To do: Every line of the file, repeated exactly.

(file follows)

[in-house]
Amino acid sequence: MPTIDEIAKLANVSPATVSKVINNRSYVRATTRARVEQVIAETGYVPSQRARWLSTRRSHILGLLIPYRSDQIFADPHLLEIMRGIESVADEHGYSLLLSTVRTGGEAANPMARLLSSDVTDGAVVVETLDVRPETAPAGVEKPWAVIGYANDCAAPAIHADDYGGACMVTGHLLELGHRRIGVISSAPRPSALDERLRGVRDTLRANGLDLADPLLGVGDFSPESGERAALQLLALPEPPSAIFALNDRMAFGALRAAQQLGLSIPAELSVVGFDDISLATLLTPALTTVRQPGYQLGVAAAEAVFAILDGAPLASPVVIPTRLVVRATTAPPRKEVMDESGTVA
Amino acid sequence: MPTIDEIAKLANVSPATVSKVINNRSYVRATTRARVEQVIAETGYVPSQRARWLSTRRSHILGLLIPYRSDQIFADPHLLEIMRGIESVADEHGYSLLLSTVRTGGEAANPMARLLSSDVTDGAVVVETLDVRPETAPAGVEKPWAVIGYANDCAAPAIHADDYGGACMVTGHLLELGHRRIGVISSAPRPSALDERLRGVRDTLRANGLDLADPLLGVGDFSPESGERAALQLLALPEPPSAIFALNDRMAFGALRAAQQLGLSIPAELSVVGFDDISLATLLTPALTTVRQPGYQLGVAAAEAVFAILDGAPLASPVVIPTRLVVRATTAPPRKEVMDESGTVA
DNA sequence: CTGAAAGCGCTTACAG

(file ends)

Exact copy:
[in-house]
Amino acid sequence: MPTIDEIAKLANVSPATVSKVINNRSYVRATTRARVEQVIAETGYVPSQRARWLSTRRSHILGLLIPYRSDQIFADPHLLEIMRGIESVADEHGYSLLLSTVRTGGEAANPMARLLSSDVTDGAVVVETLDVRPETAPAGVEKPWAVIGYANDCAAPAIHADDYGGACMVTGHLLELGHRRIGVISSAPRPSALDERLRGVRDTLRANGLDLADPLLGVGDFSPESGERAALQLLALPEPPSAIFALNDRMAFGALRAAQQLGLSIPAELSVVGFDDISLATLLTPALTTVRQPGYQLGVAAAEAVFAILDGAPLASPVVIPTRLVVRATTAPPRKEVMDESGTVA
Amino acid sequence: MPTIDEIAKLANVSPATVSKVINNRSYVRATTRARVEQVIAETGYVPSQRARWLSTRRSHILGLLIPYRSDQIFADPHLLEIMRGIESVADEHGYSLLLSTVRTGGEAANPMARLLSSDVTDGAVVVETLDVRPETAPAGVEKPWAVIGYANDCAAPAIHADDYGGACMVTGHLLELGHRRIGVISSAPRPSALDERLRGVRDTLRANGLDLADPLLGVGDFSPESGERAALQLLALPEPPSAIFALNDRMAFGALRAAQQLGLSIPAELSVVGFDDISLATLLTPALTTVRQPGYQLGVAAAEAVFAILDGAPLASPVVIPTRLVVRATTAPPRKEVMDESGTVA
DNA sequence: CTGAAAGCGCTTACAG